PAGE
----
Australia v South Africa, 1st Test, Brisbane, 3rd day November 11, 2012

Top-order concerns remain for Australia

Australia have grown familiar to being three down for not many in Tests of late

Over the past two years, David Warner, Ed Cowan, Shane Watson, Phillip Hughes, Shaun Marsh, Usman Khawaja, Ricky Ponting, Simon Katich and Rob Quiney have between them scored four Test hundreds while batting in the top three. So has Pakistan's Azhar Ali. Hashim Amla and Kumar Sangakkara have seven each, Rahul Dravid six. Leaving aside Bangladesh and Zimbabwe, only New Zealand have produced fewer runs from the top three positions in that period than Australia have.

Three for not many has been a recurring theme for the Australians for some time now. On this occasion at the Gabba, they were 3 for 40. As has often been the case after such wobbles, the captain Michael Clarke came in and steadied proceedings, this time with the help of one of the openers, Cowan, but the lack of output from the men at the top of the order must be a worry to Clarke and the coach Mickey Arthur.

Sometimes, it hasn't mattered. At their best, Ponting, Clarke and Michael Hussey form as effective a counterattacking middle-order as any side could want. Australia have done well enough during a time of top-order transition to be playing for the No.1 Test ranking during this series against South Africa. But no team can expect sustained success if the top three batsmen continue to stumble.

It was encouraging, then, that Cowan reached stumps on the third day unbeaten on 49, albeit with a little bit of luck after he appeared to glove a catch behind off a Morne Morkel no-ball. But his opening partner Warner was undone by an edge to slip off a Dale Steyn delivery that he could easily have left alone. It is true that Warner is the type of batsman who goes after the ball, but this wasn't that type of shot - it was a tentative poke that spoke of an uncertainty of mind.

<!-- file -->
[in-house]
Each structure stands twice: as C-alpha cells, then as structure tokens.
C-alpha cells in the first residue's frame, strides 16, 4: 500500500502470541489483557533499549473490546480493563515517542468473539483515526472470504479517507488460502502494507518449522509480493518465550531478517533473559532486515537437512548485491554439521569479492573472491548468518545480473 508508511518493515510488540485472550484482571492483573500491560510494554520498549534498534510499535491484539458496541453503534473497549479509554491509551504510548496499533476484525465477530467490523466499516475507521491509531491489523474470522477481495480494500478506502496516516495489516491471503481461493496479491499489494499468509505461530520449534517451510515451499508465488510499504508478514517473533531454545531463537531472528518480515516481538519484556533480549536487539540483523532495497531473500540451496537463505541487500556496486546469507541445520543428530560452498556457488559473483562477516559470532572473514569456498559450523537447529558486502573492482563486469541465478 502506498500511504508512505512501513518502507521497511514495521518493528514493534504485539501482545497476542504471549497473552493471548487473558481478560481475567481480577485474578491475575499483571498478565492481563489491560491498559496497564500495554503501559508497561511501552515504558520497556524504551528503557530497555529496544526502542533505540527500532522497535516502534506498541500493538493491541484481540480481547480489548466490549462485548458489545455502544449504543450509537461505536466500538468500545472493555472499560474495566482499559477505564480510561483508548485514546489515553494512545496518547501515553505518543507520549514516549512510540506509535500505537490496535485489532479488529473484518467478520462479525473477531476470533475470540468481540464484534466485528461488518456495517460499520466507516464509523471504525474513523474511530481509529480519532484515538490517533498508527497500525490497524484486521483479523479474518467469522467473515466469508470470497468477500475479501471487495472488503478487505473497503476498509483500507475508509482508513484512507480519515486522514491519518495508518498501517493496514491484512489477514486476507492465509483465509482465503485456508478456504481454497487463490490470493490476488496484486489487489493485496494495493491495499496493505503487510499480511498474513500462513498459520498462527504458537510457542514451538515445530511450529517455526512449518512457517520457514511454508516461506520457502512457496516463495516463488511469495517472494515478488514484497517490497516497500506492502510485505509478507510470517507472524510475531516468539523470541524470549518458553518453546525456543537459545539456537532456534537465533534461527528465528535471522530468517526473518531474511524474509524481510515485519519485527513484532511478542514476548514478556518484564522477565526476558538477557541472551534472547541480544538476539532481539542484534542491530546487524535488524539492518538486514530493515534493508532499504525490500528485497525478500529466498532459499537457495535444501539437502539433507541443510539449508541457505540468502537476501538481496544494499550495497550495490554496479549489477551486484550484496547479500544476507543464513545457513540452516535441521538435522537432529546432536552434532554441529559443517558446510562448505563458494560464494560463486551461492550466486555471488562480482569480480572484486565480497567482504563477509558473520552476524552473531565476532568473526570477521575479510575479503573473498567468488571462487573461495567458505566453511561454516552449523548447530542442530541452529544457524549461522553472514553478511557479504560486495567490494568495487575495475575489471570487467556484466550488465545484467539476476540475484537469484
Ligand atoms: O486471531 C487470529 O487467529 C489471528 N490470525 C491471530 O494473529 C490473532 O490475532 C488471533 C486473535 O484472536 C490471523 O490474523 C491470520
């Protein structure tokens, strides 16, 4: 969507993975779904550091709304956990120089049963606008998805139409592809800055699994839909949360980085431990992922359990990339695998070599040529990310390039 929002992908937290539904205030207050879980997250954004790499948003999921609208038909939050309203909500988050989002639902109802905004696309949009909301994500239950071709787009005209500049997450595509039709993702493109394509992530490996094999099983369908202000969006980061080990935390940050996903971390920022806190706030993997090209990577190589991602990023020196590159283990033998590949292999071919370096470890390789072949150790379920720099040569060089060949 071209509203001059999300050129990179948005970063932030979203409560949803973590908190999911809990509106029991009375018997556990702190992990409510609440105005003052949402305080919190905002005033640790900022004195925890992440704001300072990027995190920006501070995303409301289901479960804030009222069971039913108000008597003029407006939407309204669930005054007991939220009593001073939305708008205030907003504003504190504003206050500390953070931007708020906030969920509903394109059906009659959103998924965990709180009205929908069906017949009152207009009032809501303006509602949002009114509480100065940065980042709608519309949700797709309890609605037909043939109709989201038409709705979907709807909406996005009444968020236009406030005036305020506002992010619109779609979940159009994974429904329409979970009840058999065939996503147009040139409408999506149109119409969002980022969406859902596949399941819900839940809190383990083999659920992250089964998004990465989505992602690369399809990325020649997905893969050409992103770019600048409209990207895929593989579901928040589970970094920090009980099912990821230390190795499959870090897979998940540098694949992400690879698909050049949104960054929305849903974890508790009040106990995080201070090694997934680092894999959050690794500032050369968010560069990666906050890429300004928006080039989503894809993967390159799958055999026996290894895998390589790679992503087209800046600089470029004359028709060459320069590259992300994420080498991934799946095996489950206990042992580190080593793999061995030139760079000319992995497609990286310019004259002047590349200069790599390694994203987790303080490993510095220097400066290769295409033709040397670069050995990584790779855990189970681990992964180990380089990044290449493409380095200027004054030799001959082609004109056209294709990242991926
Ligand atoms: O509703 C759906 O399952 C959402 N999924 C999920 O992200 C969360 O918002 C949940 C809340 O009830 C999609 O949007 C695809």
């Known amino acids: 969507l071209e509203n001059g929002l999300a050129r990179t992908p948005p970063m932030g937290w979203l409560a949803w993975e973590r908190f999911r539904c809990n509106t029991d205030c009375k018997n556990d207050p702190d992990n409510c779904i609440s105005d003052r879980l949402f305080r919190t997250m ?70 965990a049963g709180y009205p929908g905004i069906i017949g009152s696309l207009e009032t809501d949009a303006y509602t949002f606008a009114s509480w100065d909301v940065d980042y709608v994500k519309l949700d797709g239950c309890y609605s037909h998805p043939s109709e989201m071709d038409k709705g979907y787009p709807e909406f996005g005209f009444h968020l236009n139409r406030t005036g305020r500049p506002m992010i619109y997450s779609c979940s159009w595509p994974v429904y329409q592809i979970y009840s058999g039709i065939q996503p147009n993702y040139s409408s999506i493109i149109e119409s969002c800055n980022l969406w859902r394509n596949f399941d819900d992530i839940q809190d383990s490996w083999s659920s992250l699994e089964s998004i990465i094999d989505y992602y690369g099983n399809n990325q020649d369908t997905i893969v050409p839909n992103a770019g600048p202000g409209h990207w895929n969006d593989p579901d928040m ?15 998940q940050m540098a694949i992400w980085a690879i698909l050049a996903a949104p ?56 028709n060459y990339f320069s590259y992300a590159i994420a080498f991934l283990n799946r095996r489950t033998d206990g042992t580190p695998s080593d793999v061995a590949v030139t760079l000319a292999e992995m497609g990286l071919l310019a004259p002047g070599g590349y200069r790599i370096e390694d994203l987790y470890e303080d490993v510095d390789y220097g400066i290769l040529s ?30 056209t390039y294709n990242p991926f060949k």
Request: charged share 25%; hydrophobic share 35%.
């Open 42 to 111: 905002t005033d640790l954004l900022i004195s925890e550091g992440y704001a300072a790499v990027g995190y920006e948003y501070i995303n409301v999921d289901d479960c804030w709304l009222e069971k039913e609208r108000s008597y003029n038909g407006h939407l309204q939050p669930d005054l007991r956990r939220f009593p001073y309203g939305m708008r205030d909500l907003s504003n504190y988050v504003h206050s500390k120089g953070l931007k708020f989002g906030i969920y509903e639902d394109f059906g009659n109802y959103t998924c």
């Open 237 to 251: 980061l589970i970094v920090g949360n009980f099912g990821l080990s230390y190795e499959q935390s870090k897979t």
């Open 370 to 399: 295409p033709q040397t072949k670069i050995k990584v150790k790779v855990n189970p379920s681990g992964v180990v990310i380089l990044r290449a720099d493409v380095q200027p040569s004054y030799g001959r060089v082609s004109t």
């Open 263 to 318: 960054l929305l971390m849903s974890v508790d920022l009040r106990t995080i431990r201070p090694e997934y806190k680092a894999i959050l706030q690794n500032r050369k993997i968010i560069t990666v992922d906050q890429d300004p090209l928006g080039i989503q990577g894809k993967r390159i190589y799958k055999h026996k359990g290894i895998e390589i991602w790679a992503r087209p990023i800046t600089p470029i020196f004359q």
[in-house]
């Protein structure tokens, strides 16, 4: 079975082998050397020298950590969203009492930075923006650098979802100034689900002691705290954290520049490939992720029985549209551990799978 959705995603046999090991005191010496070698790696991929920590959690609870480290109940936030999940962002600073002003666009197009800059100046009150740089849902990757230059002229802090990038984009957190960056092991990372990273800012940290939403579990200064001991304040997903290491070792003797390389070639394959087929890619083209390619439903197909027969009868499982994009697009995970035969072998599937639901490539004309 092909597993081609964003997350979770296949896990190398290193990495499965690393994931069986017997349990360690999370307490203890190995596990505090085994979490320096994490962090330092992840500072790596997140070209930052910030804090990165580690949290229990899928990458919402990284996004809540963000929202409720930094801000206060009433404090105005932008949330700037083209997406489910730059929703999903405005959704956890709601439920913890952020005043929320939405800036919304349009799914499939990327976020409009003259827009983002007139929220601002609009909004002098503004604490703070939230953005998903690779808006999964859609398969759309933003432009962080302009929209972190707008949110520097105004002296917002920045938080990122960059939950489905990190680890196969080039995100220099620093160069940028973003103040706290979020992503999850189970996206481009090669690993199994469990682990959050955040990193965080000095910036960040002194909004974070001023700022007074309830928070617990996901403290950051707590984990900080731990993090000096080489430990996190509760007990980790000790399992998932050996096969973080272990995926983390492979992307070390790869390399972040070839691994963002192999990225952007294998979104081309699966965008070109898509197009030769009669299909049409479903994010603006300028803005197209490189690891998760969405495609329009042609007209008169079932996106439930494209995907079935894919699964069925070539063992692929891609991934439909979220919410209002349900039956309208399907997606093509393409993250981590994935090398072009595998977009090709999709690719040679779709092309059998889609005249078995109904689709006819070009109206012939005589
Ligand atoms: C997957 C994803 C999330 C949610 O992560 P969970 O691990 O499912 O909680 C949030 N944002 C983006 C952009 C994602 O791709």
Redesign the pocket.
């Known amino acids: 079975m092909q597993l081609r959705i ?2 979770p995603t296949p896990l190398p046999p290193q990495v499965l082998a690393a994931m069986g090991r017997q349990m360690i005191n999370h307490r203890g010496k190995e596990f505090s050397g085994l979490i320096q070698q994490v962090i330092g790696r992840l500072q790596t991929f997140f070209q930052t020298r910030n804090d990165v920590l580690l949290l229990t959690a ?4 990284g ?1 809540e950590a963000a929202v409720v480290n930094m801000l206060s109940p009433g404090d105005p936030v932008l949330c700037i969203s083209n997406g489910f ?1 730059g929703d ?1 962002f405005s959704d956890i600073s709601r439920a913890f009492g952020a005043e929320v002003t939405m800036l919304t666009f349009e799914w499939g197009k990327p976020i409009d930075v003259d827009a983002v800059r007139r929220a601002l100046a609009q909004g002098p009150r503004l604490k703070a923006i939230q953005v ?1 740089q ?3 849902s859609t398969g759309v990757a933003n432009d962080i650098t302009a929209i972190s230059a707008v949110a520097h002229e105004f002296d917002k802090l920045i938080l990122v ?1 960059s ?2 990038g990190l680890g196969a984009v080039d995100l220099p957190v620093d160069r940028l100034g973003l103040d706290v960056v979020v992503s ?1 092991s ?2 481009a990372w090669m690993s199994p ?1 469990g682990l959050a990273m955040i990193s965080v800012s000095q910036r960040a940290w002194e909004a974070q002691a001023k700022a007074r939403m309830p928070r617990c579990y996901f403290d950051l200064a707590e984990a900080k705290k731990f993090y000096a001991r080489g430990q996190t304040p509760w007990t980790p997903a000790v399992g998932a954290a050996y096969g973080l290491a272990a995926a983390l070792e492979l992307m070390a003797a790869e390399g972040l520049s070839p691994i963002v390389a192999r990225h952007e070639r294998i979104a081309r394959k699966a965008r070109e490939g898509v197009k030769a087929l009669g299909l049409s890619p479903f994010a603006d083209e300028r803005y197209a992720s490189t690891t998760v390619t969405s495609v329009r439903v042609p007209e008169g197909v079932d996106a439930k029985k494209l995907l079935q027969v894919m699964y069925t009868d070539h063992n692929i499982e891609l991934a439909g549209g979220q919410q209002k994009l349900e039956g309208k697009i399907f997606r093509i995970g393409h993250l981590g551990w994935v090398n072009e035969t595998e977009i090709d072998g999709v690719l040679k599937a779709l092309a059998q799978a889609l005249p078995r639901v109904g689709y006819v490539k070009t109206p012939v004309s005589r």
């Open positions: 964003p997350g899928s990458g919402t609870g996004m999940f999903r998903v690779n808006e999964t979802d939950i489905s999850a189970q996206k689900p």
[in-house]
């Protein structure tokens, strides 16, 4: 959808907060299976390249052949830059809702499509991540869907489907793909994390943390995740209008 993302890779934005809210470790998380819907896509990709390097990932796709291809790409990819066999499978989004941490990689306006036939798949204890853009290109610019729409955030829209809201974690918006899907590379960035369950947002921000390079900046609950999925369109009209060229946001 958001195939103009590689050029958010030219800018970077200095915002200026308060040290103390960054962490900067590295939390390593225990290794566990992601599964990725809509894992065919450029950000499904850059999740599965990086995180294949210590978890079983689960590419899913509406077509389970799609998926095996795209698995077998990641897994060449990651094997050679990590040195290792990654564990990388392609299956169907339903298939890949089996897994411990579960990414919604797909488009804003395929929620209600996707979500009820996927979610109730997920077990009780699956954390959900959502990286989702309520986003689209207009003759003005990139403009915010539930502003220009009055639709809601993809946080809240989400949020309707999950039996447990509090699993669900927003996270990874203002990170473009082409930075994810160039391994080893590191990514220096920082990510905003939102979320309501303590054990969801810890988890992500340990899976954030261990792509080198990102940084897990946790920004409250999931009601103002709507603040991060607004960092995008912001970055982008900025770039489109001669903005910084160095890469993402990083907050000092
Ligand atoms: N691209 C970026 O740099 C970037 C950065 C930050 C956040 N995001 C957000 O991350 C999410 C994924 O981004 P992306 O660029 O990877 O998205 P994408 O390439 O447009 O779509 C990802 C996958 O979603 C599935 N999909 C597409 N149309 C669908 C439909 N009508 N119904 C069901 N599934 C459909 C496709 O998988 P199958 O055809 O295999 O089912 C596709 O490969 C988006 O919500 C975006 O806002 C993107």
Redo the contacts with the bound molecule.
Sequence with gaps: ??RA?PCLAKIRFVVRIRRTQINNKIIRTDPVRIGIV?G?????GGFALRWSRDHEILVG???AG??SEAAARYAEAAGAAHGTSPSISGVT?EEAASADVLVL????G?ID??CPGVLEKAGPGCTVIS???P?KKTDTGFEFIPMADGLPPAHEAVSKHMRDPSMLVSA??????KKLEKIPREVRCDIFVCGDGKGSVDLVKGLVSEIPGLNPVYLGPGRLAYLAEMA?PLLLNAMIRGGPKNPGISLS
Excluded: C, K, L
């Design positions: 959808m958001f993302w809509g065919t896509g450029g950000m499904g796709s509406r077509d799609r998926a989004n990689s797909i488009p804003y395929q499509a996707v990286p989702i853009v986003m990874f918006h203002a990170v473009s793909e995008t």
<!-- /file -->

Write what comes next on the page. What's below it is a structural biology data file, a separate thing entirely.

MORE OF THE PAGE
The shot aptly described where Warner's cricket has been in the past month - neither here nor there. A number of players from both Australia and South Africa have had less-than-ideal Test preparation due to their Champions League Twenty20 commitments, but Warner is an unusual case in that he spent most of the tournament sitting in the rooms fine-tuning his iPod playlist. He had only one innings for the Delhi Daredevils, barely felt ball on bat, and then came home for one Sheffield Shield match before the first Test.

The Steyn ball that got him at the Gabba was pretty good, not great, but it didn't need to be. Warner's contractual obligations might have meant Cricket Australia had no option but to let him stay at the Champions League, but that doesn't change the fact that he was ill-prepared for this series. Warner can't afford to rest on the laurels of last summer's outstandingly patient hundred against New Zealand in Hobart and his brutal 180 against India in Perth.

Quiney, on the other hand, couldn't have been described as tentative in his first Test innings. He was welcomed to Test cricket with a bouncer from Steyn that he confidently pulled for what was almost a boundary to deep square leg, and it was a similar shot that brought his demise. He will have a chance in the second innings to prove that he can be a valuable Test player, but on this occasion he added to the thin recent record of Australia's top three.

And then there was Ponting. Batting at No.4 these days, Ponting enjoyed a hugely productive summer against India a year ago and has been in majestic Sheffield Shield form, but like Warner played at a ball well wide of off stump that could have been left alone. Having seen some tricky domestic surfaces this season, perhaps Ponting was put at ease by the apparently true Gabba pitch, but whatever the case his edge to slip off Morkel left Australia three down with few on the board.

If Cowan manages to bring up his maiden Test hundred on Monday it will be a step in the right direction for Australia's top order. That they have used nine men in those positions in the past two years says a lot. Excluding nightwatchmen, South Africa have used five. And in Test cricket, few things are as valuable as a strong, stable top order.

Brydon Coverdale is an assistant editor at ESPNcricinfo. He tweets here

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